Just consider what Brooker and Thacker say in their «General Introduction». They see two significant turns that have encouraged periodical studies: the digital turn and the material turn. However, these clearly contradict each other. Digital realities transform material ones. Access is capital, but access is only the first step… One of my PhD students, Philipp Leu, is working on this [9] and I hope his work will allow us to discuss further these questions.

 

You have been responsible for the seminar TIGRE held at École normale supérieure since 2004. At the seminars (Réseaux des revues artistiques et littéraires en Europe, 1860–1930) every other month guest lecturers talk about their fields of expertise followed by debate. What conclusions (theoretical or practical) can be drawn from this practice, where scholars of different eras and fields discuss the same topic – periodicals between the end of the 19th century and the beginning of the 20th?

This seminar has a history too long to describe in detail [10], but it started before I became involved as a students’ venture based on word and image. I took it on in 2004 because there was a strong consensus among people that met regularly around books or periodicals that a forum was needed to exchange ideas, independently of publication imperatives, peer-reviewed articles or short-form talks, as in conferences, symposia, colloquia etc. 

What struck me from the very beginning was the presence of doctoral students that had no institutional obligation to be there, but who were. I had no institutional obligation either to conduct the seminar, but a need to discuss matters. Obviously, that need was shared.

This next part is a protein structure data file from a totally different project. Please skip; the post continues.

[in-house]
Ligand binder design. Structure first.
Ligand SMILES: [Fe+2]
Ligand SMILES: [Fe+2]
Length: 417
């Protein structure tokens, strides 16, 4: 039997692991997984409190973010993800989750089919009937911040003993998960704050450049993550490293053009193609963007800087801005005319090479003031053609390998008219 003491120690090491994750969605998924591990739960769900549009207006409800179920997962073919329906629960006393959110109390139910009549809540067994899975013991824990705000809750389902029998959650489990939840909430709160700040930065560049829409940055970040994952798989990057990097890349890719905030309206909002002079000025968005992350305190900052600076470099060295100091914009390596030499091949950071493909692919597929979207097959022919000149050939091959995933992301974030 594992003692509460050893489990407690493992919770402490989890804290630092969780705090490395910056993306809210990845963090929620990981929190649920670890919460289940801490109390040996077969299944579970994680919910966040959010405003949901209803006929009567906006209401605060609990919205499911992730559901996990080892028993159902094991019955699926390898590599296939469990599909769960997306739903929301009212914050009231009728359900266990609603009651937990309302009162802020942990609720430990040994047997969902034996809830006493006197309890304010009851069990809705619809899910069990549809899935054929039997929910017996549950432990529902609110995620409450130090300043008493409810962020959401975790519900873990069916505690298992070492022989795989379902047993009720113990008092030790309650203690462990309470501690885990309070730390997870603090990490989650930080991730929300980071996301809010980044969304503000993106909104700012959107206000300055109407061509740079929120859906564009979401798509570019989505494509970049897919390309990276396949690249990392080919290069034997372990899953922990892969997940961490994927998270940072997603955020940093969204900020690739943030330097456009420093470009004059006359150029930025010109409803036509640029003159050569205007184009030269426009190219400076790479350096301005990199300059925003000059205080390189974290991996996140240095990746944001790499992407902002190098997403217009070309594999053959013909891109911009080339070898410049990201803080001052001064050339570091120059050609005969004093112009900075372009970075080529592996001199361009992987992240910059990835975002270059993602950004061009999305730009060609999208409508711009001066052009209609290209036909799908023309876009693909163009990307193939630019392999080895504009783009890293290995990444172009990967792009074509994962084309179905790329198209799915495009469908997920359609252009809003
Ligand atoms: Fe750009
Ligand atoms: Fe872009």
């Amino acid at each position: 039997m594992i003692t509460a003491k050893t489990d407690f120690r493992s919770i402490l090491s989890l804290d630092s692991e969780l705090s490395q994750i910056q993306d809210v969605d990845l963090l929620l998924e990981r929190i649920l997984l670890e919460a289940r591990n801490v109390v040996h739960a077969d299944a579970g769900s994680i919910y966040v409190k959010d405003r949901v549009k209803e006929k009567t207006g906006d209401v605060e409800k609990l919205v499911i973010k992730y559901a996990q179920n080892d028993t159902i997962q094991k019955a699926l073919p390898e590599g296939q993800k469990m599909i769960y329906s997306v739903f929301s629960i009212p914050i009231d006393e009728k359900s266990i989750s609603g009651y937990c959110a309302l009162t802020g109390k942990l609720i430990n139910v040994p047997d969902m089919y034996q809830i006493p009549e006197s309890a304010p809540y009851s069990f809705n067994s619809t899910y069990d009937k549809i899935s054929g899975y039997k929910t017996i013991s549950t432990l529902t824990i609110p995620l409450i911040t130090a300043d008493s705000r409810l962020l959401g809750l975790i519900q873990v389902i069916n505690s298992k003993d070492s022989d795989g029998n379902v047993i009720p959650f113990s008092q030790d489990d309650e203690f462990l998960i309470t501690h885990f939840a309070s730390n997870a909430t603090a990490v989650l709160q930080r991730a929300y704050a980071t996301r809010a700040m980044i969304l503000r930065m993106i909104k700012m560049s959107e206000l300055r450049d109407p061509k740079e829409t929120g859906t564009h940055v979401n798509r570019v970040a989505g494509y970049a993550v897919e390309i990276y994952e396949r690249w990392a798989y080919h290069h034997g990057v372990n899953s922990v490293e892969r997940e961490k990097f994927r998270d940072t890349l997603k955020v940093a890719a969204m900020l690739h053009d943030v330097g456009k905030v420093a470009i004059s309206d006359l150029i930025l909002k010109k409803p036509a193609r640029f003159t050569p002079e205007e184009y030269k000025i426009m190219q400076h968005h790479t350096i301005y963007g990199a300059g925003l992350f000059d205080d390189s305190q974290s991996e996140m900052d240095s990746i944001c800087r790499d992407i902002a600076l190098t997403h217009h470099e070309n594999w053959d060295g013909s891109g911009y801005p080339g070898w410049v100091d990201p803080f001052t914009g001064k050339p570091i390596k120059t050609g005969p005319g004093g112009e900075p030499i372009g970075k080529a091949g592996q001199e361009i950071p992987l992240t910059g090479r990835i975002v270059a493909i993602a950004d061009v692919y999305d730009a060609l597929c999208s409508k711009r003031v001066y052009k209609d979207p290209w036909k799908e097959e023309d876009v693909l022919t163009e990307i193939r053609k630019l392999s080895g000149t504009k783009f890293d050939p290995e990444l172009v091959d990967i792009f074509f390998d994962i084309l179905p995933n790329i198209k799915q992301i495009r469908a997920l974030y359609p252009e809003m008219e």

Since then, it has developed into a (I hope) creative inter-university formula: Master and Ph.D. students mingle with post-doctorate scholars, free researchers, young or confirmed academics from various disciplines, sometimes curators, librarians, even collectors.

The theoretical conclusion is that such a formula benefits individual and collective work: the seminar’s sessions are articulated in cycles, but these are considered as work-in-progress, with no obligation to publish. We need time to think things out and refine approaches. Publishing everything as soon as possible is not a good idea. The Europe of Periodicals II: networks and circulation of models (forthcoming, co-edited again with Hélène Védrine) is the first volume that will come out of the TIGRE seminars, yet stemming from a cycle starting back in 2008: a selection of topics was made, the papers reworked, and additional contributions requested outside the seminar.

Practically, the most interesting aspect is the intermingling of students and researchers with all the intermediary cases between the two. For both categories, there is some benefit and some strain involved. Master I students, for instance, previously used to planned courses and thought-out formulas ready for them to absorb, find themselves grappling with research questions. They gradually realise that this forges a lifelong attitude rather than academic compliance. Rather a way of being and of thinking. Academics on the other hand can freely test a hypothesis, present a very specific topic, and ask intricate questions, but have to be clear enough to be understood both by a profane and an initiated audience.